WHO releases Technical Note to optimize global antimicrobial resistance surveillance


A team of experts from the Centre for Genomic Pathogen Surveillance, based at the Wellcome Sanger Institute (Cambridge, UK), and the World Health Organization (WHO) have collaborated to write a new Technical Note to aid countries globally in improving their antimicrobial resistance (AMR) surveillance.

The Technical Note released details on the importance of molecular diagnostics for giving reliable data and the necessary infrastructure required to use and maintain this surveillance technology. Health authorities can use the information provided in the landscape analysis to choose the most suitable tests for providing clarity on globally emerging AMR.

“Urgent action is needed to combat antimicrobial resistance to prevent a post-antibiotic era, where common infections and minor injuries can be fatal. This real threat to global health needs worldwide cooperation to detect and track drug resistant bacteria. Using molecular diagnostics is a new paradigm in disease control which will inform public health decisions and drive regional, national and global action,” explained Carmem Pessoa Da Silva (WHO).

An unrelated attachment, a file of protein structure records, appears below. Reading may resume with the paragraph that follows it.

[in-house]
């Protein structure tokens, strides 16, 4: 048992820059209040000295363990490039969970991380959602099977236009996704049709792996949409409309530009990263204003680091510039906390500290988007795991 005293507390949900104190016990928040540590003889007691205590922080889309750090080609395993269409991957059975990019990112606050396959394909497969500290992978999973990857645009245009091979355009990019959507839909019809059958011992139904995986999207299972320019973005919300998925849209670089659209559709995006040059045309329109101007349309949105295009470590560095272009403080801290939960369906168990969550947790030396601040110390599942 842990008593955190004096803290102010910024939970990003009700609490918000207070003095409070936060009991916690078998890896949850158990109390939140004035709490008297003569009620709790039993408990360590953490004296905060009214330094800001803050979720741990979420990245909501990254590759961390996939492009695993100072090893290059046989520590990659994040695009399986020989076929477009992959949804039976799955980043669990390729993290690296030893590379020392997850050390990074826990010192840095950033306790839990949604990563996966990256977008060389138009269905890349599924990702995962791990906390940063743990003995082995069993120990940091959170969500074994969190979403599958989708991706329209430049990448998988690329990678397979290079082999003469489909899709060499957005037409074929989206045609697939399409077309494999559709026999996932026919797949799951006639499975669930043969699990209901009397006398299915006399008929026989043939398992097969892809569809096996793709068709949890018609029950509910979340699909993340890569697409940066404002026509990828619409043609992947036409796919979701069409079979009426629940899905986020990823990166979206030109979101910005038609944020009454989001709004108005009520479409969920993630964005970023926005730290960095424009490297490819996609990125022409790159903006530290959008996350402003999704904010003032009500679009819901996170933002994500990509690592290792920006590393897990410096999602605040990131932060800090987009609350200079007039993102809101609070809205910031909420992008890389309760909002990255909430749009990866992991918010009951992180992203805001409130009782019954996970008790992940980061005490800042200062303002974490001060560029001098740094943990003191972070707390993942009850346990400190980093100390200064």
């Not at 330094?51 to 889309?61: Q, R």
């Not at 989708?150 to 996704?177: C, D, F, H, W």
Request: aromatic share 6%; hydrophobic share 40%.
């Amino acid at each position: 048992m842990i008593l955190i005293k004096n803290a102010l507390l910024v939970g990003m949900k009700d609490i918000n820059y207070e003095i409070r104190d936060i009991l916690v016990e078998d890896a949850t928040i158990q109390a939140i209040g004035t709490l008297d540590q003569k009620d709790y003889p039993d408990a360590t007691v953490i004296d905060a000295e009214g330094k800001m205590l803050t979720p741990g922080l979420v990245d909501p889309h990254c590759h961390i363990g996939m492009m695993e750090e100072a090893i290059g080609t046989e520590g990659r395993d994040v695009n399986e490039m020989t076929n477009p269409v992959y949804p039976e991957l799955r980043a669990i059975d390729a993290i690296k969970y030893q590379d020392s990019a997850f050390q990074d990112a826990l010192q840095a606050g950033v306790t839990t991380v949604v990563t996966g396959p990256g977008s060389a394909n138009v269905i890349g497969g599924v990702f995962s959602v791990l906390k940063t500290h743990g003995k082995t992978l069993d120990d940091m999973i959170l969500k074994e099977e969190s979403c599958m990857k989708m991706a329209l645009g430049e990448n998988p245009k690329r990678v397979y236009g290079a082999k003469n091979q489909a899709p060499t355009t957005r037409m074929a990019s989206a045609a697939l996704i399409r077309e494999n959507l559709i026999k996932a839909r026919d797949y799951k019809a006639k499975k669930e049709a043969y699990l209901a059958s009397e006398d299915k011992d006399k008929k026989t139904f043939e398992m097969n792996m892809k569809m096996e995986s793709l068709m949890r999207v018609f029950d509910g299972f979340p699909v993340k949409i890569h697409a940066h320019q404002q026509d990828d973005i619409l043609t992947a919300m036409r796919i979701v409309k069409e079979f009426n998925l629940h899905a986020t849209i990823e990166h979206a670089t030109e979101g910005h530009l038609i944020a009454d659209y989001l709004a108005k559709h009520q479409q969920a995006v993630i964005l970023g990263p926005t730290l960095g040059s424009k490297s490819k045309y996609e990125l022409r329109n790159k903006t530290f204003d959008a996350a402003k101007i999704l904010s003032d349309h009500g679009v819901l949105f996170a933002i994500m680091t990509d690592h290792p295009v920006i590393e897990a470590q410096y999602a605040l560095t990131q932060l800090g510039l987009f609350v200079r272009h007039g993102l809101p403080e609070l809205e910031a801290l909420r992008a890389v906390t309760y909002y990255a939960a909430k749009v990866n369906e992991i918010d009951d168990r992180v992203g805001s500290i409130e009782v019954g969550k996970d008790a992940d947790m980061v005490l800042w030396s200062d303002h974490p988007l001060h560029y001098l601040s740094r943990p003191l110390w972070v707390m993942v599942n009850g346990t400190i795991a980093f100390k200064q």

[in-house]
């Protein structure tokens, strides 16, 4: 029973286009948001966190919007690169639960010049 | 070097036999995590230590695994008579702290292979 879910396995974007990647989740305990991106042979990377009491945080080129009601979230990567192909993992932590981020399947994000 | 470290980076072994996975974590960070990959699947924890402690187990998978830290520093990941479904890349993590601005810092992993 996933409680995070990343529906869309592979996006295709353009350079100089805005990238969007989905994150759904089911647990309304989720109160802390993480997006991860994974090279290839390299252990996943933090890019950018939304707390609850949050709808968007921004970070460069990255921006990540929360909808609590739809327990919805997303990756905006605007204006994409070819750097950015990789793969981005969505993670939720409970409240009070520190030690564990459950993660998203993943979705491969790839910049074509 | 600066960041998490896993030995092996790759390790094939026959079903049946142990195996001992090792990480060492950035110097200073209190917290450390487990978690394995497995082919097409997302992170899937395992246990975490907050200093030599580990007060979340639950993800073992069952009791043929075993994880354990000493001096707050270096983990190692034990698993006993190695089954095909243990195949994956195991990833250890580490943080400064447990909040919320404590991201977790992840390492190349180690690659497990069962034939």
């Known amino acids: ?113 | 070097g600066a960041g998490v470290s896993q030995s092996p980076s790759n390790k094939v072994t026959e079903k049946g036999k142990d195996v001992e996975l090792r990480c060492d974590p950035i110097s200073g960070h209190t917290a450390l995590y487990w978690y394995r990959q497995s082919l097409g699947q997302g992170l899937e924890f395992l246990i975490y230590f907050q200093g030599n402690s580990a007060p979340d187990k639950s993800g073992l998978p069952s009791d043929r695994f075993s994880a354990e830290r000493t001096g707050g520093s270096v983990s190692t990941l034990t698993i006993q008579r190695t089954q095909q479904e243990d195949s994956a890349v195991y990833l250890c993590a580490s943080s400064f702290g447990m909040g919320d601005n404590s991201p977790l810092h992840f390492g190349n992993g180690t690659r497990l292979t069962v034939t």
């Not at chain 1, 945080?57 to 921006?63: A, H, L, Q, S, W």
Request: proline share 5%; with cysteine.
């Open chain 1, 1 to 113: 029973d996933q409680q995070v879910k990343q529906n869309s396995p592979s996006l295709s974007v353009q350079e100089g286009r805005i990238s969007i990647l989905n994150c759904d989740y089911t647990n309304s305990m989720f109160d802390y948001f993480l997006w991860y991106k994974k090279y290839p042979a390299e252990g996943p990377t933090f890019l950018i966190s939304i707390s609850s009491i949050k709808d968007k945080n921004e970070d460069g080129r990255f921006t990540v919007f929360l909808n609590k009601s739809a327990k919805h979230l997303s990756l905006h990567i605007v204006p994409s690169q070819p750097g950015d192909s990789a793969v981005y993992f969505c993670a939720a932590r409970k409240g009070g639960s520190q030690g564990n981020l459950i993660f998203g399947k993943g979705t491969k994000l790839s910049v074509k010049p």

This report is the latest in a range of measures adopted by the WHO to tackle AMR. The Global Antimicrobial Resistance Surveillance System (GLASS), was a global action plan initiated prior to this by WHO in 2015. Its purpose was to expand and implement treatment guidelines when using antibiotics and to monitor patterns of resistance. Countries just beginning to implement newer molecular diagnostic tests will especially benefit from the Technical Note, however, it also includes updated information for national reference laboratories of all levels.

Professor David Aanensen, the Centre for Genomic Pathogen Surveillance at the Wellcome Sanger Institute and Big Data Institute, University of Oxford (UK), commented: “Our contribution to this technical note has been informed by our strong international partnerships with public health surveillance teams across the world and builds on our establishment of the NIHR Global Health Research Unit last year. We hope this will have a significant impact on informed choices that different laboratories and countries may make to improve AMR surveillance.”

Source: www.sanger.ac.uk/news/view/improving-global-surveillance-antibiotic-resistance


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